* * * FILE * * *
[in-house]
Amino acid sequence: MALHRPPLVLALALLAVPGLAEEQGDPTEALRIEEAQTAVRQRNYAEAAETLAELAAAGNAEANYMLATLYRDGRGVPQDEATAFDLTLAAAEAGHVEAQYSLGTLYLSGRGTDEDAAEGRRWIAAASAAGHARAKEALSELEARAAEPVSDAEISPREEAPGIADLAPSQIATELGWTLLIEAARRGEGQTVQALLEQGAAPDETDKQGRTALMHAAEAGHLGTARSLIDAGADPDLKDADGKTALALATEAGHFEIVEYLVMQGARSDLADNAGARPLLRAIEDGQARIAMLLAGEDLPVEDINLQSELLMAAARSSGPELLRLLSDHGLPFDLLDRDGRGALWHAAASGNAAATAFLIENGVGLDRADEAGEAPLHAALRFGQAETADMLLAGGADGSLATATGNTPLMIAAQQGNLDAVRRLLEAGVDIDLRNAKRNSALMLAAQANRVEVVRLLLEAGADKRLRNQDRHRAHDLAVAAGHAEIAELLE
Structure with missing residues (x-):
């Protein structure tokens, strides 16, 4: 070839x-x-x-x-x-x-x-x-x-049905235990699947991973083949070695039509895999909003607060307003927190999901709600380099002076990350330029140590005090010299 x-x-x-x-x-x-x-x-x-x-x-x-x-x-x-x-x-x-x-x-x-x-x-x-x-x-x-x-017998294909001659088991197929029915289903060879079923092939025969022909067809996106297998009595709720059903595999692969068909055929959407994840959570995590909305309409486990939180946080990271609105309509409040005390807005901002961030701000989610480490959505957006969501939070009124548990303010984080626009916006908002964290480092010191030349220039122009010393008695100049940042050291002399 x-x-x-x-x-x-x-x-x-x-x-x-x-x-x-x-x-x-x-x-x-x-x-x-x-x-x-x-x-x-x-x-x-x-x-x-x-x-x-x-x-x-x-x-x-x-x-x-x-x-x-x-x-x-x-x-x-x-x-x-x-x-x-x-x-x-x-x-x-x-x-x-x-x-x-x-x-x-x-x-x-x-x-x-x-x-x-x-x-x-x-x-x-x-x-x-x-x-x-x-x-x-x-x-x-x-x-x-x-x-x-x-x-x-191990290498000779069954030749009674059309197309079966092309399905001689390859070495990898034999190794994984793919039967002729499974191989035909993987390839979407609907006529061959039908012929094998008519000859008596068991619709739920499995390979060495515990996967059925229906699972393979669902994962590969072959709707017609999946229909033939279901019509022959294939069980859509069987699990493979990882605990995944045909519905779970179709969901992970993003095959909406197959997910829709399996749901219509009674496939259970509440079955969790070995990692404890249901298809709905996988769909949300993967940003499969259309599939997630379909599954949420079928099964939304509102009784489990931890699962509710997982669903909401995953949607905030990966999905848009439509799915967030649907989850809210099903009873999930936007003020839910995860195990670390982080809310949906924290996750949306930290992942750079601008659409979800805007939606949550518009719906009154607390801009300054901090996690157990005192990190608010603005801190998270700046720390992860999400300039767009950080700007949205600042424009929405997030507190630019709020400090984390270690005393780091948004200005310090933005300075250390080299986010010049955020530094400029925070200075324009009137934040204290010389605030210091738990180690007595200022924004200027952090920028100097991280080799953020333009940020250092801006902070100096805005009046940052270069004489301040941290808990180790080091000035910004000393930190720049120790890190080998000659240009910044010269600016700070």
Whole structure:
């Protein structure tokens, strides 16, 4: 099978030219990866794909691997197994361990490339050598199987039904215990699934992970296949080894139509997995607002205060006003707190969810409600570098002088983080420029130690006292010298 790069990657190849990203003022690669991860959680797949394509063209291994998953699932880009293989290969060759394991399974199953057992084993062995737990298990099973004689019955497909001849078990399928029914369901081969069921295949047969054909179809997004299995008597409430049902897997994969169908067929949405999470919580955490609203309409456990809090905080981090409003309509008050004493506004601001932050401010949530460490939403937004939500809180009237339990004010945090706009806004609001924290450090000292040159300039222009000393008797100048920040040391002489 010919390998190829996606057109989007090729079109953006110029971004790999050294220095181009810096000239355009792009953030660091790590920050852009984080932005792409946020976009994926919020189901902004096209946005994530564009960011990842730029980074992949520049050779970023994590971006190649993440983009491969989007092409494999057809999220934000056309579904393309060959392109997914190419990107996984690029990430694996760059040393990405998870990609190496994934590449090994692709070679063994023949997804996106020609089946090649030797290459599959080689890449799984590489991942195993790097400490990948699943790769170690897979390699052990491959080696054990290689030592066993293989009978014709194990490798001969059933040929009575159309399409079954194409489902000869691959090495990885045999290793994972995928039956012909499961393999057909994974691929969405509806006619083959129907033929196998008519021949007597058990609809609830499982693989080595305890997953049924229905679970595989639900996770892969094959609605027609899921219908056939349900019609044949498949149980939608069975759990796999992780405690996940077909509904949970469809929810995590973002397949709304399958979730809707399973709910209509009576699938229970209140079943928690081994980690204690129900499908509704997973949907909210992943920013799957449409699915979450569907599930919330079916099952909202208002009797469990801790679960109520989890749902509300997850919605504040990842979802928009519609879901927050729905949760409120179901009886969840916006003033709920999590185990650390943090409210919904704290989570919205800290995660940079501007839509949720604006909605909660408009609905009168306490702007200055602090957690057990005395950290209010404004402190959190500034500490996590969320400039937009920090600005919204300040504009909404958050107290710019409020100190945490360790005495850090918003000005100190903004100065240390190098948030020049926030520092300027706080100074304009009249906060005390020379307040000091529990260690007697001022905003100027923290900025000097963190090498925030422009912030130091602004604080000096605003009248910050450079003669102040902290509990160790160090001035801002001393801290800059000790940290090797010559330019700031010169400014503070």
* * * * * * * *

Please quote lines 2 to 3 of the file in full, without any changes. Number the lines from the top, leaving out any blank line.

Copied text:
Amino acid sequence: MALHRPPLVLALALLAVPGLAEEQGDPTEALRIEEAQTAVRQRNYAEAAETLAELAAAGNAEANYMLATLYRDGRGVPQDEATAFDLTLAAAEAGHVEAQYSLGTLYLSGRGTDEDAAEGRRWIAAASAAGHARAKEALSELEARAAEPVSDAEISPREEAPGIADLAPSQIATELGWTLLIEAARRGEGQTVQALLEQGAAPDETDKQGRTALMHAAEAGHLGTARSLIDAGADPDLKDADGKTALALATEAGHFEIVEYLVMQGARSDLADNAGARPLLRAIEDGQARIAMLLAGEDLPVEDINLQSELLMAAARSSGPELLRLLSDHGLPFDLLDRDGRGALWHAAASGNAAATAFLIENGVGLDRADEAGEAPLHAALRFGQAETADMLLAGGADGSLATATGNTPLMIAAQQGNLDAVRRLLEAGVDIDLRNAKRNSALMLAAQANRVEVVRLLLEAGADKRLRNQDRHRAHDLAVAAGHAEIAELLE
Structure with missing residues (x-):